Welcome to the July 2012 edition of the TWM Employment E-Bulletin. You will find details of our latest case updates below.
1. Banker’s Bonuses – Oral Assurances can be Binding.
The High Court recently heard the case of Attrill v Dresdner Kleinwort finding that some ex-employees of the brink were entitled to bonus payments based on an oral assurance as to the size of the bonus pool to be shared.
A verbal ‘guarantee’ as to the size of the bonus pool to be shared amongst the Investment Banking division of Dresdner Kleinwort was given by the CEO at a meeting, which was also streamed on the firm’s intranet. Further to this, a bonus letter was sent to the employees specifying their provisional awards. This letter also included a ‘material adverse change clause’ which allowed the bank to deviate from its provisional award if there was a material reduction in the division’s performance set against the original forecast. Before the bonuses were payable, the division was acquired by Commerzbank and the bonus pool was reduced by about 90% - the ‘material change clause’ was invoked to justify this.
The High Court found that the CEO’s oral assurance had given rise to legal obligations and had been made on authority and with the purpose of ensuring employees did not leave. The use of the term ‘guarantee’ showed an intention to have legal effect. The announcement was in effect an offer; there was no need for explicit acceptance of this offer and the Bank received consideration in the form of a stabilised workforce who continued to carry out their duties. Although not necessary for the court’s finding, the judge did indicate that the ‘material adverse change clause’ as drafted would have amounted to a breach of the implied duty of trust and confidence by the bank, because it was clearly introduced simply as a means of enabling the bank to break the promises it had made to its employees. The judge also indicated that the use of the words ‘if necessary’ within the clause meant the Bank could only invoke it if left with no other option, which it wasn’t.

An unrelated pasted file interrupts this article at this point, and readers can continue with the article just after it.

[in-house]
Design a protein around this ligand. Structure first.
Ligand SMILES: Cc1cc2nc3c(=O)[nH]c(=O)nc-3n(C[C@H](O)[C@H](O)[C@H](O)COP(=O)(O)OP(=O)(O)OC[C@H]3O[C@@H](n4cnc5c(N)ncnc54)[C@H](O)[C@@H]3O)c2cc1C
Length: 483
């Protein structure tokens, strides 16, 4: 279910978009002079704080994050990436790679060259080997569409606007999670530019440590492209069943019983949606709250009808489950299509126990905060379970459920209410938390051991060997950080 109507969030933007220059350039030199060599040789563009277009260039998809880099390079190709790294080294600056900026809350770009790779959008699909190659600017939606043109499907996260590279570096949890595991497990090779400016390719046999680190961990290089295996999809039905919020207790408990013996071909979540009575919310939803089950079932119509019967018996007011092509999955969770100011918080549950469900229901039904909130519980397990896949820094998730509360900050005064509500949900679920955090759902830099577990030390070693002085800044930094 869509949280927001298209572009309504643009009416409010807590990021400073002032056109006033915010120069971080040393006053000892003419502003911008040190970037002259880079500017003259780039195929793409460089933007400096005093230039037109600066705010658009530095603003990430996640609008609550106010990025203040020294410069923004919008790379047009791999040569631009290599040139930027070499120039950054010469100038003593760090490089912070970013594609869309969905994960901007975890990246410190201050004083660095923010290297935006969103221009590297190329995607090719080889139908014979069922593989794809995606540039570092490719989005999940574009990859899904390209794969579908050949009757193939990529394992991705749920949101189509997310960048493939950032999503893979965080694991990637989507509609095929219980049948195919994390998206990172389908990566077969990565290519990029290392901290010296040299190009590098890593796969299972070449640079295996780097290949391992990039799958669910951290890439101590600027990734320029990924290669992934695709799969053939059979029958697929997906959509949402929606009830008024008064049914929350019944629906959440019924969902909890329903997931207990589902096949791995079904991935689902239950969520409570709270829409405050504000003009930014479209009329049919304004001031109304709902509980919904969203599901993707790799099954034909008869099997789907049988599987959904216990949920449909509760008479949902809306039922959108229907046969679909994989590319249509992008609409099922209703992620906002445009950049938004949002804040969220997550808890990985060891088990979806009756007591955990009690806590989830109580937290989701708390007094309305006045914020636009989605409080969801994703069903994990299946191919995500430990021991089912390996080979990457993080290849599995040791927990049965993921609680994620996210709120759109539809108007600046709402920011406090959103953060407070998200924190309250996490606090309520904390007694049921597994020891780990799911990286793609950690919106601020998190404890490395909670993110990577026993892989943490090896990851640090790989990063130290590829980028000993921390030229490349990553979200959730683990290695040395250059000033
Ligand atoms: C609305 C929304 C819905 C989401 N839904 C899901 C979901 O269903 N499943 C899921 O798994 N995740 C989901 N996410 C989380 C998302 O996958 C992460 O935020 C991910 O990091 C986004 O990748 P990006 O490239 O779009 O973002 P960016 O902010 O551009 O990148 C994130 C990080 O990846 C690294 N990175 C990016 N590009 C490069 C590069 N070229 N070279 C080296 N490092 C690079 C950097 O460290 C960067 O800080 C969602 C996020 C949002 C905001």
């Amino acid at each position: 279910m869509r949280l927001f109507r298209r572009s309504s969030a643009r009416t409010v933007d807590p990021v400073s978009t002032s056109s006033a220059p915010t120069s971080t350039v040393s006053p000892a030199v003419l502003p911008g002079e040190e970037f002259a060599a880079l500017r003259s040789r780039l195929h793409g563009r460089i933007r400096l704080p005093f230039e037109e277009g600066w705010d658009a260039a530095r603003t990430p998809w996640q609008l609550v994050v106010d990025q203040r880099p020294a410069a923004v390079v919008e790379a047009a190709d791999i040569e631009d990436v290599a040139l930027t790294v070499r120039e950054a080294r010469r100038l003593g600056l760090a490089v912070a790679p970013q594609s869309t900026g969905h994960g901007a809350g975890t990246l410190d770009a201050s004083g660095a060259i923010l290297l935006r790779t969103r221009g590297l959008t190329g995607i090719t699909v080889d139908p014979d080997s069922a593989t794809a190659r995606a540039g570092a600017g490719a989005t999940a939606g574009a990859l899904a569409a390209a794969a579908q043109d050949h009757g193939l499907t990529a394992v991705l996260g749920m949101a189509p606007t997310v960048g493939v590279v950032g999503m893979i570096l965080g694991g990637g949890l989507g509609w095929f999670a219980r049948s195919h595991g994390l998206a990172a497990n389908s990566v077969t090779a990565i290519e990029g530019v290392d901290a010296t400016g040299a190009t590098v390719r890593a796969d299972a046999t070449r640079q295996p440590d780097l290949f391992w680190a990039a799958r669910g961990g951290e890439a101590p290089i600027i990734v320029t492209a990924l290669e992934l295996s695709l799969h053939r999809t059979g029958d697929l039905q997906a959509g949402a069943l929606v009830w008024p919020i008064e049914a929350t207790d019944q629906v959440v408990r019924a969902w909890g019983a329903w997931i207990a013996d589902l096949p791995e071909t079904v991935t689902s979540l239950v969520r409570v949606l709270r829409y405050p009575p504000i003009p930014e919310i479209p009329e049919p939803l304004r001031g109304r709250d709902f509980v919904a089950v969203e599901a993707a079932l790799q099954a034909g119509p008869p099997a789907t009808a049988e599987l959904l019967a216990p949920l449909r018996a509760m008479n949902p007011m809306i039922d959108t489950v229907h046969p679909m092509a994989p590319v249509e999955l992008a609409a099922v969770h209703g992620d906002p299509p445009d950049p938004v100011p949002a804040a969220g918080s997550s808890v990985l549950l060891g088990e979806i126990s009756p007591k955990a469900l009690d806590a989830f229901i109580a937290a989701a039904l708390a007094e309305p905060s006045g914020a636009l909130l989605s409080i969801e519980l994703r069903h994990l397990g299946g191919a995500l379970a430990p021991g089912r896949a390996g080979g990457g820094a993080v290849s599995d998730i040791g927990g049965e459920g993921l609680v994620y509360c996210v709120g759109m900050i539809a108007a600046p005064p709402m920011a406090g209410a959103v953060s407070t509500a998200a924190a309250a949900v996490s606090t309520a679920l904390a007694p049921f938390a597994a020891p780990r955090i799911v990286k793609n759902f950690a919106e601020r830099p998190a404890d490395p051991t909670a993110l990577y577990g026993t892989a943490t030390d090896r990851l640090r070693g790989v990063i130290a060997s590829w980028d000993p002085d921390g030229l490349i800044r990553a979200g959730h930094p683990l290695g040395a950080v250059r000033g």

2. Sickness and Annual Leave – either one or the other?
Can a worker who is sick during their annual leave recoup that leave at a later date? The European Court of Justice (ECJ) has found that they can. Previously, case law provided that annual leave could be recouped when someone was already on sick leave when their holiday time began. It was widely considered that if they fell sick whilst already on annual leave, the employer could use their discretion over whether or not to grant leave days in lieu of those lost to sickness.
However the ECJ found that there is an entitlement to take holiday at a later date, regardless of when the incapacity took place, if it covered some annual leave time. Employers will need to take this into account not only in their annual leave policies, but also in their reporting of short term sickness. Firms wary of potential employee abuse will need to consider implementing robust policies around the monitoring and reporting of sickness. The definition used of ‘unfit to work’ in these instances may well be the source of future case law. However, in the meantime employers may seek to make their own definition of this apparent to all employees by using clear and comprehensive annual leave and sickness policies, in order to ensure a clear understanding across the business and to aim to avoid vexatious claims.
3. A Reduction in Headcount is not required for Redundancy:
The Employment Appeal Tribunal (EAT) has recently decided to go against one of its own previous decisions and find that a dismissal due to the need for a reduction in hours, but not necessarily head count, is still a dismissal by reason of redundancy and therefore the ex-employee is due a redundancy payment.
In Packman v Fauchon the claimant had been employed as a book-keeper. Due to the incorporation of an online accountancy package and also a general downturn in the business, she was no longer required to work the same number of hours. The employee was unwilling to accept the reduced working hours and was dismissed.
The EAT had previously stated, in the case of Aylward v Glamorgan Holiday Home Ltd, that this would not be a redundancy situation as there was no need for fewer employees (only fewer hours). However, in the Packman case, the EAT appears to have taken into account the widespread doubt on the Aylward decision by many Employment lawyers and academics alike. As such, the claimant’s dismissal, which was pursuant to the need for a reduction in the hours worked and not the workforce itself, was a dismissal by way of redundancy. It followed from this that she was entitled to the appropriate statutory redundancy payment.